Industrials

Chris Bryant is a Bloomberg Gadfly columnist covering industrial companies. He previously worked for the Financial Times.

A restructuring program announced Friday at Airbus was only the latest in a long list of headaches for Chief Executive Tom Enders.

The European group's recent troubles include slow plane orders, shrinking helicopter demand, production delays, one-off charges, a WTO ruling on illegal state aid, the suspension of government export credit guarantees and A380 superjumbo that almost nobody wants.

Gulp. 

With all that negative news around Airbus' shares have fallen 13 percent this year, compared to a 9 percent decline for Boeing. Its enterprise value stands at less than five times next year’s estimated Ebitda, compared to almost 8 times for its U.S. rival. 

Losing Altitude
Aerospace investors are less optimistic this year but Airbus shares have suffered more
Source: Bloomberg

That stock discount may be far too gloomy. Investors have lost sight of the transformation underway at Airbus: cashflows and earnings are poised to increase significantly in coming years and Airbus should outperform its fellow duopolist. 

Currently Airbus' cashflow doesn't come close to Boeing's because it's trying launch the A350 widebody and single-aisle A320neo jet at the same time -- a mammoth undertaking. 

The A350 required a big upfront investment, the first planes won't make any money but eventually the program should deliver plenty of cash, providing there are no major hiccups.

Fallow periods are to be expected in this industry, which is why aerospace companies should have patient, long-term investors.

Yet right now Airbus shareholders seem overly focused on the short-term -- in particular the production teething troubles affecting the A350 and A320neo.

Closing the Gap
Airbus is set to become much more cash generative as it ramps up production of new jets
Source: Bloomberg
nb. Shows Bloomberg consensus for free cashflow, defined as cashflow from operations minus capital expenditures. Boeing's revenues are much higher than Airbus so the performance gap looks larger.

The hold-ups -- which relate to cabin equipment and engines -- consume working capital because aircraft are stuck on the tarmac awaiting parts. Airbus had 3.2 billion euros ($3.6 billion) in negative free cashflow in the first six months of this year.

These issues are frustrating, but on a discounted cashflow valuation, it shouldn’t matter too much whether an aircraft is delivered in December or June, providing the money turns up eventually.

Moreover, the issues don't look anywhere near as serious as the production troubles that for years dogged Boeing's 787 Dreamliner (and which could yet force the U.S. company to book a big charge on that program).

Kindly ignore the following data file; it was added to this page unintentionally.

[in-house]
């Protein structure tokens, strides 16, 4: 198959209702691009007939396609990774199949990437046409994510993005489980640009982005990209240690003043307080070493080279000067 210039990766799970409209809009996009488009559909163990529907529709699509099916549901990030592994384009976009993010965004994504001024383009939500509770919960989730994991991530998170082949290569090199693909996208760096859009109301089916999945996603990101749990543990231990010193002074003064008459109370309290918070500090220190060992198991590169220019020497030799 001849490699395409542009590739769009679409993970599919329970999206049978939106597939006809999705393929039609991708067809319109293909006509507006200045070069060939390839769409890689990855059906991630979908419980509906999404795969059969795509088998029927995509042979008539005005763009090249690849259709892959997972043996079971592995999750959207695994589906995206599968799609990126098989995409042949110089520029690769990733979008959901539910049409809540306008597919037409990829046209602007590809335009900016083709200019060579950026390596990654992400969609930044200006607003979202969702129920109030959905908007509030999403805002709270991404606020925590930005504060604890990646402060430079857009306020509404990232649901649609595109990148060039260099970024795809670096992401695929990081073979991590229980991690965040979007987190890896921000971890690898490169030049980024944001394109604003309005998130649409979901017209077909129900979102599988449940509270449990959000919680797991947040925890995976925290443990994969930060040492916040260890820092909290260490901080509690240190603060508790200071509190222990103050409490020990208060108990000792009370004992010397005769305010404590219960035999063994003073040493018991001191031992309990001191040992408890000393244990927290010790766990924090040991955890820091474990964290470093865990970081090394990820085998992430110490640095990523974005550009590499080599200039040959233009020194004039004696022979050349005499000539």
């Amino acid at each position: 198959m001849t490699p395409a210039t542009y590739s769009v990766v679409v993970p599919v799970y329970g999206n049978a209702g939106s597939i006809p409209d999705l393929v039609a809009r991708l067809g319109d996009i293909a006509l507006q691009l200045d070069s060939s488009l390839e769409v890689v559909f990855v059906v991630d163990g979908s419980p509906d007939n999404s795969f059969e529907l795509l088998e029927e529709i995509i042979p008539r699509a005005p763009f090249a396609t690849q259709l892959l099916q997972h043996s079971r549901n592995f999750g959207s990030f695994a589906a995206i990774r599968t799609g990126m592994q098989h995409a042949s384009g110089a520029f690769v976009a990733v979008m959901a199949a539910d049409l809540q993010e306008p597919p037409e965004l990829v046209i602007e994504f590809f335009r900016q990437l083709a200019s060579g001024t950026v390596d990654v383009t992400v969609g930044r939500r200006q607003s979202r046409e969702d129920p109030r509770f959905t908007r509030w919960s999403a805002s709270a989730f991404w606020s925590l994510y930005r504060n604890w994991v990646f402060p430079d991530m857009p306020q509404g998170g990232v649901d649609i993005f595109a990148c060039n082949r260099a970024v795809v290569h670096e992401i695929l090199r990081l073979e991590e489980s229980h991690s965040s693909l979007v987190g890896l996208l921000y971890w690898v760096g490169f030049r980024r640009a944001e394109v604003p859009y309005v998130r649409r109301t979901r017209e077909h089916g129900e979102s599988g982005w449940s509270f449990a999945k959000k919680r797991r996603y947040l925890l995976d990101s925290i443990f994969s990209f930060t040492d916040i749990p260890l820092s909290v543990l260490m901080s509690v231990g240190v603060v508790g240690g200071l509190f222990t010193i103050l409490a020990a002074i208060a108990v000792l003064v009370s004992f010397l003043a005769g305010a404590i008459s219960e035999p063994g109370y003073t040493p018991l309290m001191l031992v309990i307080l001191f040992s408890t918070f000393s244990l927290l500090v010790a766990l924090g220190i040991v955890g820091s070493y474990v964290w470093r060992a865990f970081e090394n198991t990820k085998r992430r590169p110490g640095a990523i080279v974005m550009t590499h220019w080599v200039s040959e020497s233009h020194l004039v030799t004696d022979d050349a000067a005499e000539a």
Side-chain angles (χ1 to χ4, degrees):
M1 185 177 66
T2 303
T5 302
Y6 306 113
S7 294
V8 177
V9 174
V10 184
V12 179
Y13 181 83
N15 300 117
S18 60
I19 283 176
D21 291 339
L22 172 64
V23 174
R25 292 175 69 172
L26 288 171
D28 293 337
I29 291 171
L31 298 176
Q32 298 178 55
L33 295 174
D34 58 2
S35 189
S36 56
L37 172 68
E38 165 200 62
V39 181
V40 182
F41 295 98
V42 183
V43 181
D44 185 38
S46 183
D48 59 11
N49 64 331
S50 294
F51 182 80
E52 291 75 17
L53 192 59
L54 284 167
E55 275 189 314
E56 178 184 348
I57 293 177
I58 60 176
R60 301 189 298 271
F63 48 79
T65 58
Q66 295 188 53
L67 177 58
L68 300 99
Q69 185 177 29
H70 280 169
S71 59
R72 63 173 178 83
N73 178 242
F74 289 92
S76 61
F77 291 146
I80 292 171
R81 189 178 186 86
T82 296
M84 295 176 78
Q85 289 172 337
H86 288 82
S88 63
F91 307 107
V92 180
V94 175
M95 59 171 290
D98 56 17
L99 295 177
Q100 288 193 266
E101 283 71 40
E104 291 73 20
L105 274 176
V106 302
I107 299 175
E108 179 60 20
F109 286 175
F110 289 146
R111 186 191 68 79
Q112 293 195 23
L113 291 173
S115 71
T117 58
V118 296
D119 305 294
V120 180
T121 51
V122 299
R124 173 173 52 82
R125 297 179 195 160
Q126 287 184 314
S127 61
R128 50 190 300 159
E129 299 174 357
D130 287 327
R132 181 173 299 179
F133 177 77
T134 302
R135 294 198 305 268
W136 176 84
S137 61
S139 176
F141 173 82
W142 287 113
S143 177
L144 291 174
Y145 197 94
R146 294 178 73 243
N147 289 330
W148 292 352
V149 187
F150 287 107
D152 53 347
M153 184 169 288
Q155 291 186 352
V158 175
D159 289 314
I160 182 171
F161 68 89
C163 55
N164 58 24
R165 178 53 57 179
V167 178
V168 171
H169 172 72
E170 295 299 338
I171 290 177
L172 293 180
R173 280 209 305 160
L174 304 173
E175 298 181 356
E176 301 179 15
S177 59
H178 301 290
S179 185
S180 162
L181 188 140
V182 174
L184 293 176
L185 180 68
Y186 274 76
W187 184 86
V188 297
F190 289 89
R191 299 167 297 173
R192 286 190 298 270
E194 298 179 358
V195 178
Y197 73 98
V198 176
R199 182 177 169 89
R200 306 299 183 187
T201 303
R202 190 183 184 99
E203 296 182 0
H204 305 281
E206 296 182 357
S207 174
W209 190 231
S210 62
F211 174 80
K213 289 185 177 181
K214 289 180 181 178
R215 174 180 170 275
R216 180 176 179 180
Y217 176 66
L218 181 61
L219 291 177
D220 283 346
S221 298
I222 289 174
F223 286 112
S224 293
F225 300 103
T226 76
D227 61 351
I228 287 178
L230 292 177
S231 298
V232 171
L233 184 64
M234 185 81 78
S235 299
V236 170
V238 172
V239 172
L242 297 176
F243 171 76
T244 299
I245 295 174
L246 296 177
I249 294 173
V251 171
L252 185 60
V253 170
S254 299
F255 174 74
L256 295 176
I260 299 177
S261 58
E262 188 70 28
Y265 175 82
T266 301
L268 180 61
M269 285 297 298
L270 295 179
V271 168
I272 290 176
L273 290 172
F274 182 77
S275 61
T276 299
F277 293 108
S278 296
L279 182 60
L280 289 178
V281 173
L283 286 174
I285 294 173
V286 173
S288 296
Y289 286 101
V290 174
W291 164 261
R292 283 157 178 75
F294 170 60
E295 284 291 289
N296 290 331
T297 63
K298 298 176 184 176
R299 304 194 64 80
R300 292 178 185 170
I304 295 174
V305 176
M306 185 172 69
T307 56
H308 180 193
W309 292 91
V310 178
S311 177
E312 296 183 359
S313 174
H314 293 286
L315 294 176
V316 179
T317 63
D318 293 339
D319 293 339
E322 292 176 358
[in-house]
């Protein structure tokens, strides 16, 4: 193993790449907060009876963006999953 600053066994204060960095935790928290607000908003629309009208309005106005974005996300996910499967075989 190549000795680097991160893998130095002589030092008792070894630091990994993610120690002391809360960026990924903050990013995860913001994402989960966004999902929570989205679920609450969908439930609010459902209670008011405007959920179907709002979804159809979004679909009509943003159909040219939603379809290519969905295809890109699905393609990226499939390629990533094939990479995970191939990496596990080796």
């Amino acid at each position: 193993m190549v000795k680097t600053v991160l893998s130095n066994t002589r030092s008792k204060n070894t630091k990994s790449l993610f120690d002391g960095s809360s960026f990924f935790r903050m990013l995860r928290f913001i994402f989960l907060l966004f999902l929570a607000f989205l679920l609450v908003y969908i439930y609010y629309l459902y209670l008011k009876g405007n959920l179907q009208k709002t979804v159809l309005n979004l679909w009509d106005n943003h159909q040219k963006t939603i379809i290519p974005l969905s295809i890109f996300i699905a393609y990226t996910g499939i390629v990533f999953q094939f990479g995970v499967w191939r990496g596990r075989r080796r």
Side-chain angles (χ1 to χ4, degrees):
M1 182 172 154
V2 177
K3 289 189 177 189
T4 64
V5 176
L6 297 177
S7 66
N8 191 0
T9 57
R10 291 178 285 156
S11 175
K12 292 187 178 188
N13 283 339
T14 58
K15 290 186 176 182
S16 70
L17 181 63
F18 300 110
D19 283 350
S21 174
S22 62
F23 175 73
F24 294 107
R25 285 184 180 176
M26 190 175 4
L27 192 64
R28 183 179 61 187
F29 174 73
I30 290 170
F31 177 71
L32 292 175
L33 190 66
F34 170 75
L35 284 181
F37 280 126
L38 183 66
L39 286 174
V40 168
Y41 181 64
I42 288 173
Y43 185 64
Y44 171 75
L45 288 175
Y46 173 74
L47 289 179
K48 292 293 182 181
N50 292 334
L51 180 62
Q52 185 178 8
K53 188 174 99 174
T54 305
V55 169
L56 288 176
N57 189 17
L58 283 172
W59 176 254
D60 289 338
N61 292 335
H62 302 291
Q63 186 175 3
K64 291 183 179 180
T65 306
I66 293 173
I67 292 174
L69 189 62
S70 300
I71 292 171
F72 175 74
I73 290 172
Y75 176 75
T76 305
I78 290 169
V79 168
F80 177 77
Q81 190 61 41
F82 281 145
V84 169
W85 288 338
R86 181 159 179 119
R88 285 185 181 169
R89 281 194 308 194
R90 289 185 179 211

Airbus' cashflows are projected to jump 50 percent next year and then double the year after, according to the Bloomberg consensus forecast. 

Yet investors don’t seem to have much confidence in those predictions. You can't blame them: Airbus sank about 25 billion euros into building the A380 superjumbo, whose sales have since been very disappointing. The A400m military transporter also continues to rack up "one-off" charges, which are in fact anything but a rarity. 

But by focusing on this pair of value-destroying but low volume white elephants, investors are in danger of overlooking some big positives.

Slim Win
Airbus is ahead of Boeing in the high-volume single-aisle jet segment
Source: Bloomberg Intelligence
nb. as of Q2 2016

For example, rather than commission a new narrow-body aircraft from scratch, Airbus decided to give the A320, its perennial profit generator, a new fuel-efficient engine. This sped up development and cost a fraction of a completely new plane.

That decision has helped Airbus pull well ahead of Boeing in narrow-body plane orders. 

In fact, in larger single-aisle jets Airbus is outselling Boeing 4 to 1, according to an estimate from analysts at Goldman Sachs. Boeing may be forced to spend heavily on a new plane design to eradicate that competitive disadvantage. 

But Boeing can't do anything about the euro's weakness versus the U.S. dollar, which gives Airbus a big pricing advantage in sales talks with airlines.  

Currency Tailwind
Many of Airbus' costs are in euros which is handy when you sell planes in dollars

Meanwhile, Friday's restructuring announcement is a sign Airbus is becoming more like a normal company. Cutting duplicate white-collar management jobs looks like an easier task than Boeing's battle to make suppliers lower their costs.

Boeing's reported operating profit margins at the plane division outstrip those of Airbus. However, that's also partly a function of Boeing's unusual, and what Gadfly has argued are distorting, accounting practices. If you compare apples with apples, Airbus' plane making operations are already more profitable. So Airbus is cutting costs from a position of strength. 

Accounting Fog
Airbus's commercial aircraft profit margins exceed Boeing's when using unit-cost accounting
Source: Bloomberg and Boeing data
Nb. Shows implied operating profit margin for the companies' respective commercial aircraft units (not the whole group). The two are not precisely comparable because Airbus capitalizes some R&D.

Goldman Sachs says "Airbus has a better-positioned product set [compared to Boeing], nearly across the board," and therefore expects Airbus' earnings per share to expand by two thirds by 2018 (whereas it says Boeing's EPS could decline).  

Airbus investors are so busy worrying about the storm clouds that they risk missing the dawn.

This column does not necessarily reflect the opinion of Bloomberg LP and its owners.

  1. Adjusted for M&A spending/proceeds

To contact the author of this story:
Chris Bryant in Frankfurt at cbryant32@bloomberg.net

To contact the editor responsible for this story:
Jennifer Ryan at jryan13@bloomberg.net